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Michael Stoff, Director 305 East 23rd St, CLA 2.102, (G3600) Austin, TX 78712-1250 • 512-471-1442

Fall 2004

T C E 603A • E 603A: Composition and Reading in World Literature

Unique Days Time Location Instructor
31925 TTh
9:30 AM-11:00 AM
CAL 21

Course Description

This course will explore the classics--Homer, Greek tragedy, Dante and so on, primarily selecting works that are exalting and appalling. One of the themes running through the course will be the conception of the self in terms of ethics as opposed to passion and the related oppositions of the public to the private self. Readings begin with the Iliad, an epic that like contemporary gang culture relates honor, disrespecting, and violence. The Odyssey is about why people can’t and shouldn’t want to stay out of trouble. Greek drama throws us into dilemmas of contradictory and perhaps incommensurate conceptions of justice and both undeniable and horrific passion. Anne Carson’s translation of Sappho explores the intensities of desire. We then move to Dante, Chaucer, and Shakespeare and complete the course with A Book of Love Poetry—which, in the interests of truth in advertising I should note contains some poems that are more about sex.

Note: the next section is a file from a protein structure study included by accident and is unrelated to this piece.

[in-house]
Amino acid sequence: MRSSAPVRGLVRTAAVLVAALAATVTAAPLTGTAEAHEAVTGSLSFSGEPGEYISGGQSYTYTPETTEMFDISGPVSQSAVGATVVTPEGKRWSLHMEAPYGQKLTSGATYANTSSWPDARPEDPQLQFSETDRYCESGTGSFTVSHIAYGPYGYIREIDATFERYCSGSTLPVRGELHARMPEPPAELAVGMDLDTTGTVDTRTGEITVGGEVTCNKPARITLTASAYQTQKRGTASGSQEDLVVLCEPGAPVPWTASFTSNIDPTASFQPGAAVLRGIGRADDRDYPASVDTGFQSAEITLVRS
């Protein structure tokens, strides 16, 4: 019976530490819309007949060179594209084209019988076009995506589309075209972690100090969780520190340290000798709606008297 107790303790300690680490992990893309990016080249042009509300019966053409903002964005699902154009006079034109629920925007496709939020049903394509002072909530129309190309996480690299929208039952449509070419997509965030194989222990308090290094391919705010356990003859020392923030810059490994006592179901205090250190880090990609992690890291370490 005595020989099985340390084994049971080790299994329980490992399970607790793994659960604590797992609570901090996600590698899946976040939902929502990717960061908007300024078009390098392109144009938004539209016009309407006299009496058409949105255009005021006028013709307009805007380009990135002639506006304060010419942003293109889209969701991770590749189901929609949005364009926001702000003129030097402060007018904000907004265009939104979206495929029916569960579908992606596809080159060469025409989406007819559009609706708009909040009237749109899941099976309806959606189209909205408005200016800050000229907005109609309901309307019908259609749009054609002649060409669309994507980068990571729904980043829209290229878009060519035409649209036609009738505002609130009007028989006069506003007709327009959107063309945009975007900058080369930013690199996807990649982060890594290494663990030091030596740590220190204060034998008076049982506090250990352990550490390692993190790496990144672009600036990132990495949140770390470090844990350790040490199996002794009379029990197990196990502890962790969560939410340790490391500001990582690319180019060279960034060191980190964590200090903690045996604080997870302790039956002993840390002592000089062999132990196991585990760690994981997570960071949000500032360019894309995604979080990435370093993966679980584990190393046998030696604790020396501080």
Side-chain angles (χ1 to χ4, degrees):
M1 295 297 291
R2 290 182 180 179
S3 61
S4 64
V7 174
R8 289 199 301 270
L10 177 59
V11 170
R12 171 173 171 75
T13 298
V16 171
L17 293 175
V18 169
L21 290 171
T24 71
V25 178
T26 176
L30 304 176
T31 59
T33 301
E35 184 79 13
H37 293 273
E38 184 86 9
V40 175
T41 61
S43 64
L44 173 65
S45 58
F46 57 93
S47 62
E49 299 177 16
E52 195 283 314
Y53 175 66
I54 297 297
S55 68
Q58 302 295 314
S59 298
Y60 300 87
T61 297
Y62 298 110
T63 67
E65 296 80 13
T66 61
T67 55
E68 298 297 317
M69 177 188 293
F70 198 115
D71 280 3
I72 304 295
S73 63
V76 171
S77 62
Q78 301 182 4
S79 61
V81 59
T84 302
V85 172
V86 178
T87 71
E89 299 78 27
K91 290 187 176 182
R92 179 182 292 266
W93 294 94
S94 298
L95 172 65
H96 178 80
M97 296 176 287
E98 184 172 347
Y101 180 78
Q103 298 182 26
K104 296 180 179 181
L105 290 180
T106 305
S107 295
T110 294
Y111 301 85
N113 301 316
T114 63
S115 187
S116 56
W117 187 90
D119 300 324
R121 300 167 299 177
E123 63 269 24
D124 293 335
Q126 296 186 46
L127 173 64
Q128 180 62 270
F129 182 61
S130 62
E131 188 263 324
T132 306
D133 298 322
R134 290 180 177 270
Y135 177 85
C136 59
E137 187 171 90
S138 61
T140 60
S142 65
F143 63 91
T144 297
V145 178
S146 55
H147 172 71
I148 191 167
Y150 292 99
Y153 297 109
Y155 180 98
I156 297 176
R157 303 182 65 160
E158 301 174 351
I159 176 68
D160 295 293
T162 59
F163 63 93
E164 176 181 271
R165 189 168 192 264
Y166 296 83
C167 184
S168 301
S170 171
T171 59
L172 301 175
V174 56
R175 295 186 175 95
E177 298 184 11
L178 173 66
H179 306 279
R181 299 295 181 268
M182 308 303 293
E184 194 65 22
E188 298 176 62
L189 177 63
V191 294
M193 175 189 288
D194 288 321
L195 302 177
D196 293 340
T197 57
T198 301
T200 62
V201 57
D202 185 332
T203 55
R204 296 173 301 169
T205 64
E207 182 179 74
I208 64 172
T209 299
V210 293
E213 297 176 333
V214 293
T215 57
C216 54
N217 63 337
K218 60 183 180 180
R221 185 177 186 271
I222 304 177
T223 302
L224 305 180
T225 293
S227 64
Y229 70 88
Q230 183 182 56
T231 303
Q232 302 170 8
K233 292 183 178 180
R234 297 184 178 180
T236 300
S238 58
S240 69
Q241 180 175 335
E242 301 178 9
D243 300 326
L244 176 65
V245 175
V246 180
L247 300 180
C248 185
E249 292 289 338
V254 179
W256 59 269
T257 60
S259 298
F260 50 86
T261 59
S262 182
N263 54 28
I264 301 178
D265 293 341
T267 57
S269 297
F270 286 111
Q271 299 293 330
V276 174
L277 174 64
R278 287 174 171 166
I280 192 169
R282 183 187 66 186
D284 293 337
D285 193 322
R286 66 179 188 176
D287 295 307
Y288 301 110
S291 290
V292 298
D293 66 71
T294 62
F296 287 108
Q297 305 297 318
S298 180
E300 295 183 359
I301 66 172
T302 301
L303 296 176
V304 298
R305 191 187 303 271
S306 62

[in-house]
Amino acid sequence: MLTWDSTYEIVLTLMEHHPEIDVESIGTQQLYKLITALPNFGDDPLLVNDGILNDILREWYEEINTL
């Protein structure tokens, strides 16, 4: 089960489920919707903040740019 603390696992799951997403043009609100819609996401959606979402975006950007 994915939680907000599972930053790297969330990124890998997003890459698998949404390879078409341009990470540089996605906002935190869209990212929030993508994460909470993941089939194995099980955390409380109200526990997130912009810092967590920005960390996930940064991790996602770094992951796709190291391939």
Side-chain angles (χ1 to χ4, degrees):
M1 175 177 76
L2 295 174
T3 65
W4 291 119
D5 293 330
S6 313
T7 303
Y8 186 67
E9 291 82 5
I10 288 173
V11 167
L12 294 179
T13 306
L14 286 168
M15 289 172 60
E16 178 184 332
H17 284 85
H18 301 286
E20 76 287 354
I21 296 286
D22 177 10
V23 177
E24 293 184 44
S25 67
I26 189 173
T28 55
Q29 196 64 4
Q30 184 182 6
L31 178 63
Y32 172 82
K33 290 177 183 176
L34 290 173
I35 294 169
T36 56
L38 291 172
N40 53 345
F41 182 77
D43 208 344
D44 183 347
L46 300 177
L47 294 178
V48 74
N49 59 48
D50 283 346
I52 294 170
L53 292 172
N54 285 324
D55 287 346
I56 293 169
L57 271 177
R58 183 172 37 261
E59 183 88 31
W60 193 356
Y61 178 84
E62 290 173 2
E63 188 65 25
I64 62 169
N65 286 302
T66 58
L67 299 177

About the Professor Tony Hilfer got his Ph.D. at North Carolina, and works in American literature.

Grading Policy

(1) A 1 page comment on every work in the course, due the the day we start it which you should be prepared to dramatically read and defend. These should be papers with edge, not handbook stuff. (2) 2 roughly 5 page papers analyzing or arguing with a passage in one of our readings. (3) A 3 page description of the Term Paper topic and thesis, including a preliminary account of the reading planned for the project. I will comment extensively on how the project may be further thought out (or rethought) rather than grade the description. (3) A first draft of the Term Paper. Extensive comment and editorial suggestions but again no grade (except for not doing it). (4) Term Paper, incorporating research, of 10+ pages.

Most of my criticism will be on the prospectus and first draft rather than telling students on their final version how they could have done it better. Instead students receive the editorial advice that their professors routinely seek from their peers before final submission of a project. I find this structure facilitates superior papers.


Homer, Iliad Homer, Odyssey David Grene and Richard Lattimore, eds., Greek Tragedies Euripides, Medea Anne Carson tr., If Not Winter: Fragments of Sappho Dante, Inferno Chaucer, The Canterbury Tales Shakespeare, Othello Shakespeare, King Lear Jon Stallworthy, ed., A Book of Love Poetry


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